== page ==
|Myer Lemon Curd|
I hate to say it, but winter is a season often lost on the masses. Even more, I hate to admit that I was once guilty of the same.
Spring was fabulous with all the burgeoning greens–vibrant new asparagus, tender peas, delicate leaves and greens, and summer, well of course summer won me over with her heady, juicy fruits–strawberries bursting with sugary goodness, melons and peaches that not only sent their juices down my chin, but through my fingers and all the way to the crook of my arm; fall was unforgettable, her harvest seemingly unending with overripe tomatoes and bushels of peppers that still tasted of the sun and zucchini too numerous to count. Fall was ongoing and each week I’d come from the garden, my basket full of some newly ripened treasure–pumpkins and squashes and eggplant and fennel.
And then, the first frost would come, most likely catching me off guard. The last of the tomatoes would fall to the ground and rot, the once gorgeous landscape of gold and orange and red foliage would change and everywhere the eye moved there was nothing to see but cracked ground, dead grass, and bare branches.
One day, though, like any great love story, I had an epiphany and in a single moment, after catching a glimpse of the beautiful winter sky, edged in an array of grays, I fell desperately for winter. Now, I await her with anticipation and joy, and savor each of her gifts.
Two weeks ago, Mr. B had business in Sacramento. While it was important business indeed, his other important business was to visit with his cousin. Cousin J has one of the most prolific Myer Lemon trees in his yard that I have ever borne witness to–Myer lemons literally cover every spare space of each and every branch–the ground underneath is carpeted in Myer lemons; this tree is the Rocky of Myer lemon trees. So, while I knew that Mr. B and Cousin J would spend a good bit of time catching up over thick New York Strips and Manhattans, I also knew they’d give equal attention to collecting Myer lemons for me.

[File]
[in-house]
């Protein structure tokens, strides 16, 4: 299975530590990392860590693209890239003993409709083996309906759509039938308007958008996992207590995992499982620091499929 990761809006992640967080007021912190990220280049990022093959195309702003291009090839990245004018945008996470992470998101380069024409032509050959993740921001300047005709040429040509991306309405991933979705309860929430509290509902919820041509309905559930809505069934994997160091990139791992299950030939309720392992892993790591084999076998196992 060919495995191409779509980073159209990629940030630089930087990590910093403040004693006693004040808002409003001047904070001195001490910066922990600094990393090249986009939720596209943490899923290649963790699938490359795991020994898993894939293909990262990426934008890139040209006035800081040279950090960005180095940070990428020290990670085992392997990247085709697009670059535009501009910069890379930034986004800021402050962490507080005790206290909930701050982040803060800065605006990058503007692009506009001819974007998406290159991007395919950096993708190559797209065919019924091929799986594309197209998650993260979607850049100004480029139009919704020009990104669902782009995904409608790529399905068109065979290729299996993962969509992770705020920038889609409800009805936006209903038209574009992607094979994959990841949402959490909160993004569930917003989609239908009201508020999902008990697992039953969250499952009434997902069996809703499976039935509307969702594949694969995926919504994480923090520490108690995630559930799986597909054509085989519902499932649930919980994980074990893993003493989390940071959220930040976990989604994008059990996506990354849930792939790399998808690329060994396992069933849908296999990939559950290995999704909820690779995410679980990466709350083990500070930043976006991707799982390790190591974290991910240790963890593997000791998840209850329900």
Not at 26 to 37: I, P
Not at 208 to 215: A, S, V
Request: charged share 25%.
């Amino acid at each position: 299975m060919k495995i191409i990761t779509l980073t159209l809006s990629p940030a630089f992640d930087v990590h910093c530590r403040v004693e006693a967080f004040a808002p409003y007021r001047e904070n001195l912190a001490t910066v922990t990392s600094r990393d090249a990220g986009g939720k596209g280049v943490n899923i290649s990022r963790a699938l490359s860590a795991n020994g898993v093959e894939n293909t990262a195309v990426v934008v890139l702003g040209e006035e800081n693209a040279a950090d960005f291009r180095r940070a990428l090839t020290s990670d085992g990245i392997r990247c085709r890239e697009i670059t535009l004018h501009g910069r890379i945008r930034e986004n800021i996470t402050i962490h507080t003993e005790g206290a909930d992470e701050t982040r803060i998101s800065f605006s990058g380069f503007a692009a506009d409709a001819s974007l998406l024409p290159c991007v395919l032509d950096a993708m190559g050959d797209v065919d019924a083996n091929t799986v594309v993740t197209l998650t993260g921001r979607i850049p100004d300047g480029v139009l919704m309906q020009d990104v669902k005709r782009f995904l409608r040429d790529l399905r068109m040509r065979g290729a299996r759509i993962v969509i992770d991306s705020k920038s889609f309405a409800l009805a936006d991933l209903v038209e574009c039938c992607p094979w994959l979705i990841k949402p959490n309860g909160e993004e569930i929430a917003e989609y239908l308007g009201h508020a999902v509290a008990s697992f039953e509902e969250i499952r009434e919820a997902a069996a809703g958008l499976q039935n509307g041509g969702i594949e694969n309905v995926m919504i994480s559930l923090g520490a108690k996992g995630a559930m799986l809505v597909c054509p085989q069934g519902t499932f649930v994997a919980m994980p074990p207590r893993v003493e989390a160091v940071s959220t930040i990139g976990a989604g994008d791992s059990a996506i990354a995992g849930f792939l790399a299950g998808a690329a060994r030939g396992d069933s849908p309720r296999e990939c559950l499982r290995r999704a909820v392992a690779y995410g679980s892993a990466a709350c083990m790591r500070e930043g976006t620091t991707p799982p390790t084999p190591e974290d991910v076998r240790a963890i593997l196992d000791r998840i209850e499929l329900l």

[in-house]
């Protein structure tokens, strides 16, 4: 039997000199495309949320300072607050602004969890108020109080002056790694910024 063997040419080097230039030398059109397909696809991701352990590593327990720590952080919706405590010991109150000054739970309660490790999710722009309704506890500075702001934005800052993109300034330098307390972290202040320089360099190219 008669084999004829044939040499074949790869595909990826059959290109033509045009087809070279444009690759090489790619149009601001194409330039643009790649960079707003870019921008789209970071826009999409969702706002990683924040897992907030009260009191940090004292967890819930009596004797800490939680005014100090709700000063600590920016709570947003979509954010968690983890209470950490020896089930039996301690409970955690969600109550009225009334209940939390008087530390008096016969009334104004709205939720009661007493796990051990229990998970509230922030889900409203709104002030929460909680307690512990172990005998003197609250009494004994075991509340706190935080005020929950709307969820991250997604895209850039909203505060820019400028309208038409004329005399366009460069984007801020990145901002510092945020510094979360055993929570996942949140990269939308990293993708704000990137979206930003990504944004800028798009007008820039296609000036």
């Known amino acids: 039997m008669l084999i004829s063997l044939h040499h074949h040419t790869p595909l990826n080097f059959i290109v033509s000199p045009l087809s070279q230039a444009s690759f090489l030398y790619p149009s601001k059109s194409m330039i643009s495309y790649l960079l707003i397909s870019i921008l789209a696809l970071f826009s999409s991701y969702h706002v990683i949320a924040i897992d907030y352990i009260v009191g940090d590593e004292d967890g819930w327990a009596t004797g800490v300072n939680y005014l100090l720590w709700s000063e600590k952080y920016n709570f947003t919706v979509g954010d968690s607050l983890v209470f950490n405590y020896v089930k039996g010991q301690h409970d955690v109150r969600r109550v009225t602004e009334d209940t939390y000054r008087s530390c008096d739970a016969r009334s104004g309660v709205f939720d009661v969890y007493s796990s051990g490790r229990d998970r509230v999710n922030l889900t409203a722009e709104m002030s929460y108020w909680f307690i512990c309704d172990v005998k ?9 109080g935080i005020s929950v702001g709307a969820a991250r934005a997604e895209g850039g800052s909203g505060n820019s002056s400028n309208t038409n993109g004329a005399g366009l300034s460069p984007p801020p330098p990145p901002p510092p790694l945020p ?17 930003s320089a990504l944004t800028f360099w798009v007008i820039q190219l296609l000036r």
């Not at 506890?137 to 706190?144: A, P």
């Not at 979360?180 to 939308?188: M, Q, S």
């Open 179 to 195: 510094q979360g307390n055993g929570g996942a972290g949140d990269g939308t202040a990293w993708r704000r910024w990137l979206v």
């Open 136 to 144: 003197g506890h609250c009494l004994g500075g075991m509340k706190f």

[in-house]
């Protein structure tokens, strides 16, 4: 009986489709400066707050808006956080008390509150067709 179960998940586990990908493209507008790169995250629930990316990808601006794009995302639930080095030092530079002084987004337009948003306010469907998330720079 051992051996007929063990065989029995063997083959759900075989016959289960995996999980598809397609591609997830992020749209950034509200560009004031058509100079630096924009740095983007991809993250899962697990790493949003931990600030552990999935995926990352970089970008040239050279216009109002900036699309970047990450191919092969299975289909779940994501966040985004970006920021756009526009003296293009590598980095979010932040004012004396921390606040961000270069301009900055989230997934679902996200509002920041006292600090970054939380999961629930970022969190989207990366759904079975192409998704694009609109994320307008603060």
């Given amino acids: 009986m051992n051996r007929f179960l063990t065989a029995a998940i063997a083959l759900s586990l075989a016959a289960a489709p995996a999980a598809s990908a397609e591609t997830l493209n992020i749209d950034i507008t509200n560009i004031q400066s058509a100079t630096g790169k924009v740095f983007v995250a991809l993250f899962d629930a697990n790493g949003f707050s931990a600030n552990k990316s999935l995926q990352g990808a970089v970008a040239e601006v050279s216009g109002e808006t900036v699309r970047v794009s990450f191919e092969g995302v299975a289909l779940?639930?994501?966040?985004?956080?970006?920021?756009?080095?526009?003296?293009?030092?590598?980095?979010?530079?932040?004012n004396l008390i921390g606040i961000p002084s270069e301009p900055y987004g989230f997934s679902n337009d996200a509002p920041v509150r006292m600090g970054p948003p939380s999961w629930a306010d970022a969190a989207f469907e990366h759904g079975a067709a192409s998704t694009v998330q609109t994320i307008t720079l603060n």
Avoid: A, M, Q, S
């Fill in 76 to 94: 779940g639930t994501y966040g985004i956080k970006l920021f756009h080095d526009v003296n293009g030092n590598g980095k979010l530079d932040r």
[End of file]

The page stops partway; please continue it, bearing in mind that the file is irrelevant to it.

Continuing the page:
When Mr. B returned home, he had a cardboard box so overstuffed with Myer lemons that the sides were splitting apart; I had to transfer the lemons to a big basket, which led me to wonder how much they weighed. Was I shocked to discover that I had, in my possession, 22 POUNDS of Myer Lemons?
Nope. It was ecstasy that pulsed through my veins. I was going to make Myer lemon curd. Stuff so good one could stand in front of the refrigerator and spoon it out of the jar, its cold, tangy, buttery richness slowly melting on the tongue, transporting the palate to citrus heaven.
Myer Lemon Curd (Adapted from Barefoot Contessa)
3 Myer lemons
1 1/2 cups sugar
1/4 pound unsalted butter, room temperature
5 Jumbo egg yolks
1/2 cup Myer lemon juice
1/8 teaspoon kosher salt
Using a vegetable peeler, remove the zest of 3 lemons, careful to avoid the white pith (a bonus of Myer lemons is the zest is easily removed and there is very little pith). Put the zest into a food processor and pulse until the zest is very finely minced into the sugar.
Cream the butter and beat in the sugar and lemon mixture. Add the egg yolks one at a time, and then the lemon juice and salt.
Pour the mixture into a non-reactive saucepan and cook over low heat until thickened, stirring constantly. The lemon curd will thicken at about 170 degrees, or just below simmering. Remove from the heat, let cool, then refrigerate.
* A Myer lemon is a winter lemon. It is extremely fragrant and juicy; it’s sweeter than a regular lemon, the zest is easier to remove and the fruit is an orangey yellow. The zest is wonderful finely grated over fresh steamed green vegetables and drizzled with olive oil and a sprinkle of sea salt. Myer lemon juice is ethereal squeezed over avocado slices.